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U.S. Labor Department deems service writers eligible for OT pay

April 29, 2011
Dealers who classify their service writers as exempt from overtime pay can expect to be challenged on the issue by investigators for the U.S. Department of Labor, following a departmental decree that it considers service writers eligible for overtime compensation effective May 5.
The move reverses a position the labor department held for at least 32 years.
The Fair Labor Standards Act (Act) includes an overtime exemption that applies to certain employees of automobile dealerships, specifically any “salesman, parts man, or mechanic primarily engaged in selling or servicing automobiles [or] trucks. . . .”
Although the Act does not specifically identify service writers as an exempt position, courts generally have held that service writers work like salespersons under the statute and therefore also are exempt from overtime pay.
The language of the Act superficially supports the Labor Department’s newfound view: If Congress wanted to include service writers as exempt from overtime pay, it easily could have done so. Because it did not, so goes the Department’s argument, any interpretation that includes service writers as ineligible for overtime pay runs contrary to congressional intent and is invalid.
What lies ahead?
Courts tend to defer to the Labor Department’s interpretation of the Act. But while the majority of courts that have considered the question decided that service writers are exempt, the Seventh Circuit Court of Appeals—the court with jurisdiction over dealers in Illinois, Indiana and Wisconsin—has not previously decided the issue.
The Seventh Circuit could well reject the reasoning of the other courts and accept the Labor Department’s new position.
Managing the risk
The CATA’s labor relations counsel, Franczek Radelet, said dealers who classify service writers as overtime-exempt have a few options to minimize their risk of liability in a Labor Department payroll audit or in a private claim or lawsuit by a service writer.
1. The dealership could change the classifications for service writers and treat them as non-exempt employees. That would require the dealership to track the service writers’ hours worked (e.g., with a punch clock) and pay them an overtime rate for any hours worked over 40 in a workweek. If the service writer is partially paid by commission or other variable pay, the calculation of the effective hourly rate for the service writer can become complicated.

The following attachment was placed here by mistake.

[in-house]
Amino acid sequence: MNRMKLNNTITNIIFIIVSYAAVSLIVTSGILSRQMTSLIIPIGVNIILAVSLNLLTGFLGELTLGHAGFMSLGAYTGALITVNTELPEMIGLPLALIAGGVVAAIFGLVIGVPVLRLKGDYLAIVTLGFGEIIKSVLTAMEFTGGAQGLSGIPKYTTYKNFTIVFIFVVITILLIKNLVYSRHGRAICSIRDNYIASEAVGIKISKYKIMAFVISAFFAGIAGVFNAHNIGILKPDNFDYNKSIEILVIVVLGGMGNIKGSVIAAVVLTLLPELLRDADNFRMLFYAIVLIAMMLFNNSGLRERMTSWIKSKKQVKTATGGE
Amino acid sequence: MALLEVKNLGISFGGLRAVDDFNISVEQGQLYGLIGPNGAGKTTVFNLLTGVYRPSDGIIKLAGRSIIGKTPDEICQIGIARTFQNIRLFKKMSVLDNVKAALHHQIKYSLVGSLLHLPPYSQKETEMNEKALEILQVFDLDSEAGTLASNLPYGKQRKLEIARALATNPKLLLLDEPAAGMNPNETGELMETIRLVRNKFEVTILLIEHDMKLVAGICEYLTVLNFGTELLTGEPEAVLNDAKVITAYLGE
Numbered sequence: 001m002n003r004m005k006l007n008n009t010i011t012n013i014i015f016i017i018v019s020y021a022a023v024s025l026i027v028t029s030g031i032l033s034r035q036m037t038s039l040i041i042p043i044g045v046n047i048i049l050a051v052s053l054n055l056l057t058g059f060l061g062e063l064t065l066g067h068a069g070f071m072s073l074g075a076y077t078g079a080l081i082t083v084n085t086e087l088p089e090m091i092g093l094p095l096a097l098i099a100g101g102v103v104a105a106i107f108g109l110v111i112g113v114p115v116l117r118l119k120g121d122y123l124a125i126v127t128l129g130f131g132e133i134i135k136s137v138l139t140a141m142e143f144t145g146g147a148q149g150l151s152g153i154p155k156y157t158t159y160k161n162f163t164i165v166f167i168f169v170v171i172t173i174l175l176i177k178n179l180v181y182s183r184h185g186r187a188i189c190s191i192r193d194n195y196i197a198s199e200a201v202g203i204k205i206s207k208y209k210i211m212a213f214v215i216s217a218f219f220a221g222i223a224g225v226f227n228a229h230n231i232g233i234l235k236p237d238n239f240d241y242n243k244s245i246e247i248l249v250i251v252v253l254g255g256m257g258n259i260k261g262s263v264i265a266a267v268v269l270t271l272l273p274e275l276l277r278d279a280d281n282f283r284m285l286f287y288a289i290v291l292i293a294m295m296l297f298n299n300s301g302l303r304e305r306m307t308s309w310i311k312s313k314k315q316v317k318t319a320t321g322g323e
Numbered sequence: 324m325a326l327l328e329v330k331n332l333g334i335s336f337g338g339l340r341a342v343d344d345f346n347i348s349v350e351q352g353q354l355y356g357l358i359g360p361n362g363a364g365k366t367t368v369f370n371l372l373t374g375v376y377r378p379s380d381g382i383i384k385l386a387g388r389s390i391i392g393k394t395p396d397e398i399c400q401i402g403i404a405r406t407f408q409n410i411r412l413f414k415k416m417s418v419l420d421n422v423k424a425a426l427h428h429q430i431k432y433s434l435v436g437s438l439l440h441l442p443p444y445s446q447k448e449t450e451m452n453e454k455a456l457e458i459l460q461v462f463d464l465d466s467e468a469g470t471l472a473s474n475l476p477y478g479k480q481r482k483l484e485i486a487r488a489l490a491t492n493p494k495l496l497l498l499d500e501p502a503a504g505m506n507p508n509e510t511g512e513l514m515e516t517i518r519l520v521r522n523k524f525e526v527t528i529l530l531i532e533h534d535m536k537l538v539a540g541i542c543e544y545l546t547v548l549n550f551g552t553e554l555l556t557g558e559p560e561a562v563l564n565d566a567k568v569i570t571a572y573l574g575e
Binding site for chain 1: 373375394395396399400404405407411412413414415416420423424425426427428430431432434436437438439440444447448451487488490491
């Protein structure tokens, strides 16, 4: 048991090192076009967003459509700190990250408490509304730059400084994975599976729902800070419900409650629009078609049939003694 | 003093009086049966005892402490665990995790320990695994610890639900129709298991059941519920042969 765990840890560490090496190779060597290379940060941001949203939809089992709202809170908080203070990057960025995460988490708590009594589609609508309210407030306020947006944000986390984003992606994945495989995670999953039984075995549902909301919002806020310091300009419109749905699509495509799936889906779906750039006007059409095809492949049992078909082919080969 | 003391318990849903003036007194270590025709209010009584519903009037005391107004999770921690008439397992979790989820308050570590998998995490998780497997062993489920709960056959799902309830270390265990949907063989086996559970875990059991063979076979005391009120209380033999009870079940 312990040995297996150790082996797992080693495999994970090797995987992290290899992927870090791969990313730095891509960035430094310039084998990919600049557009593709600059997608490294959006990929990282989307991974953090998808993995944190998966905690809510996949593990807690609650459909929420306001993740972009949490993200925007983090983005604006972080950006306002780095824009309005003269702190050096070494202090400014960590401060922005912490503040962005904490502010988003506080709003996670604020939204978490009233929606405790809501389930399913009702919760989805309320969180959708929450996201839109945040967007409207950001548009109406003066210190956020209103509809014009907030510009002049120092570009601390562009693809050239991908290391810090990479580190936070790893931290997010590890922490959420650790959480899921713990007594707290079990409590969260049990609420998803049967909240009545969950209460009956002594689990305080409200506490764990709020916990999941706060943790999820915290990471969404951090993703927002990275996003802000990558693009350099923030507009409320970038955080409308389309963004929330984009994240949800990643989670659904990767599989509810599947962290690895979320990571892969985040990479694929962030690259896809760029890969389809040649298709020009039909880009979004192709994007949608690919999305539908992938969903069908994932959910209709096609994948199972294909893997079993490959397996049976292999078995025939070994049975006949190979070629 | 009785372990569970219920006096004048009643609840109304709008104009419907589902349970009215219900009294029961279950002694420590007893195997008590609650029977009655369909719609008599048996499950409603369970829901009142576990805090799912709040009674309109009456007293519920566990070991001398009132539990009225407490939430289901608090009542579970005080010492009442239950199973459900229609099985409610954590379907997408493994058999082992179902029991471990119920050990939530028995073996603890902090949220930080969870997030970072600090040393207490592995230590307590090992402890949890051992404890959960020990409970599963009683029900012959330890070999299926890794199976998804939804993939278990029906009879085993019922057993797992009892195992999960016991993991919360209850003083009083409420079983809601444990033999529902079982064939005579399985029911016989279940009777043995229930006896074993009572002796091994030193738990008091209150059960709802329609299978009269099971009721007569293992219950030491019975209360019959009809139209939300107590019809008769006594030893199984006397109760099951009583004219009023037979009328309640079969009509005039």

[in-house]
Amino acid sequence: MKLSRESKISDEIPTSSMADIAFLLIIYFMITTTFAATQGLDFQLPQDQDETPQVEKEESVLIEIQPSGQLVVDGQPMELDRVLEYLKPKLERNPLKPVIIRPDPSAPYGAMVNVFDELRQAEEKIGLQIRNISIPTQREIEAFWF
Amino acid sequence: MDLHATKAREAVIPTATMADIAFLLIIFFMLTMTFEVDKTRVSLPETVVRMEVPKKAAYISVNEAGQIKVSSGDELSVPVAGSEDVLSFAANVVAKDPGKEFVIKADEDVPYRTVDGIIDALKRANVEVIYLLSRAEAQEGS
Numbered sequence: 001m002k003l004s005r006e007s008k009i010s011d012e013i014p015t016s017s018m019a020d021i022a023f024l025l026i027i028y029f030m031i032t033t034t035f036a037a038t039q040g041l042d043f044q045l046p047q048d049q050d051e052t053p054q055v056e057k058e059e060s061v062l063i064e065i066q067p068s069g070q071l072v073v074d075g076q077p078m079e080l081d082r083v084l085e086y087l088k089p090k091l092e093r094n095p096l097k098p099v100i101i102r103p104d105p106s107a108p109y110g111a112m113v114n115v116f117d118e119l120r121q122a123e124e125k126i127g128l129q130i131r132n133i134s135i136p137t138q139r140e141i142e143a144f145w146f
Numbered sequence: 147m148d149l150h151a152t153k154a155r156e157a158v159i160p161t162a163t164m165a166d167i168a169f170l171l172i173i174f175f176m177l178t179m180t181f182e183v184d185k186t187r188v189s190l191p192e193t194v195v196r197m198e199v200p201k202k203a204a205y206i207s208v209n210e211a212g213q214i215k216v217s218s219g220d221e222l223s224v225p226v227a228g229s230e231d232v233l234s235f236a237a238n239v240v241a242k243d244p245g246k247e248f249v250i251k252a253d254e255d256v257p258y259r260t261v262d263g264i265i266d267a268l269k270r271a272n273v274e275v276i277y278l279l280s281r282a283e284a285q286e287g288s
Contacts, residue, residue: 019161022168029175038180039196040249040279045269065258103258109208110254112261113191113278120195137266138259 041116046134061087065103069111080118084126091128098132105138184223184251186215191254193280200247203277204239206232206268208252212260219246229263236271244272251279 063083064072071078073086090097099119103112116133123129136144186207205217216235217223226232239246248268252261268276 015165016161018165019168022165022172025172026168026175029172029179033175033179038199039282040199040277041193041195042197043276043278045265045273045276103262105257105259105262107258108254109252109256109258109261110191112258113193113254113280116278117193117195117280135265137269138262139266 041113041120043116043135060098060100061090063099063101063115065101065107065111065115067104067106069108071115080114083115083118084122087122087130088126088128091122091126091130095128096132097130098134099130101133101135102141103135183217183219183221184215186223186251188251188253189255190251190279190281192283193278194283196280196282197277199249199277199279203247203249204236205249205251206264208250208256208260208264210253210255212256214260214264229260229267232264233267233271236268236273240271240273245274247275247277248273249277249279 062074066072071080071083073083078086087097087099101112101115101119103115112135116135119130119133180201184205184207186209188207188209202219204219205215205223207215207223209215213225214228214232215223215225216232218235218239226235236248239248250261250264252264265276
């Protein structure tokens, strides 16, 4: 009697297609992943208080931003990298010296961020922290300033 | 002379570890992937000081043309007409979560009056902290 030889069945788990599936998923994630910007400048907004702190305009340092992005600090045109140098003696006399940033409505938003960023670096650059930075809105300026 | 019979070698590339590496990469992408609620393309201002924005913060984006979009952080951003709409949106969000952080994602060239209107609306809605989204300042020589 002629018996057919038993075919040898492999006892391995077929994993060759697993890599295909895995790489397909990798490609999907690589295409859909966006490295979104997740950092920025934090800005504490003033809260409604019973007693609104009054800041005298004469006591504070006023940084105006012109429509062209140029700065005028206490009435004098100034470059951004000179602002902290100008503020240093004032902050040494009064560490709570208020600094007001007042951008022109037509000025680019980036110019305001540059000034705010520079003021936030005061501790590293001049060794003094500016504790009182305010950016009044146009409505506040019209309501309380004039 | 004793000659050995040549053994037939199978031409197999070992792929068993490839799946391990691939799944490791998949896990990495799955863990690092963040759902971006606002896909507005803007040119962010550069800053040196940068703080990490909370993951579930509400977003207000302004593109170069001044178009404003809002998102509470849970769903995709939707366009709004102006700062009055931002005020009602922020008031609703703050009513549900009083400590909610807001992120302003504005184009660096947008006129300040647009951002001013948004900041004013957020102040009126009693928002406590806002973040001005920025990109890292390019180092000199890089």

2. Service writers also could potentially satisfy a different overtime exemption—the retail exemption—under Section 7(i) of the Act. To qualify for the retail exemption, ALL of the following conditions must be met:
• The service writer must be employed by a retail or service establishment. A dealership will meet this exemption if more than 75 percent of its annual revenue comes from the sale of consumer goods, i.e., automobiles.
• The service writer’s regular rate of pay must exceed 1.5 times the current federal minimum wage, $7.25 an hour. To meet this requirement, the hourly rate must exceed $10.88.
• More than half of the employee’s total earnings in a representative period must consist of commissions on goods or services.
3. Finally, dealerships could potentially classify certain service writers as exempt employees under either the executive or administrative overtime exemptions if they work as supervisors or managers.
Dealer members of the CATA with questions about applying these exemptions for service writers or about the Labor Department’s new enforcement policy can contact Franczek Radelet attorneys Staci Ketey Rotman or Mark Wilkinson, both at (312) 986-0300.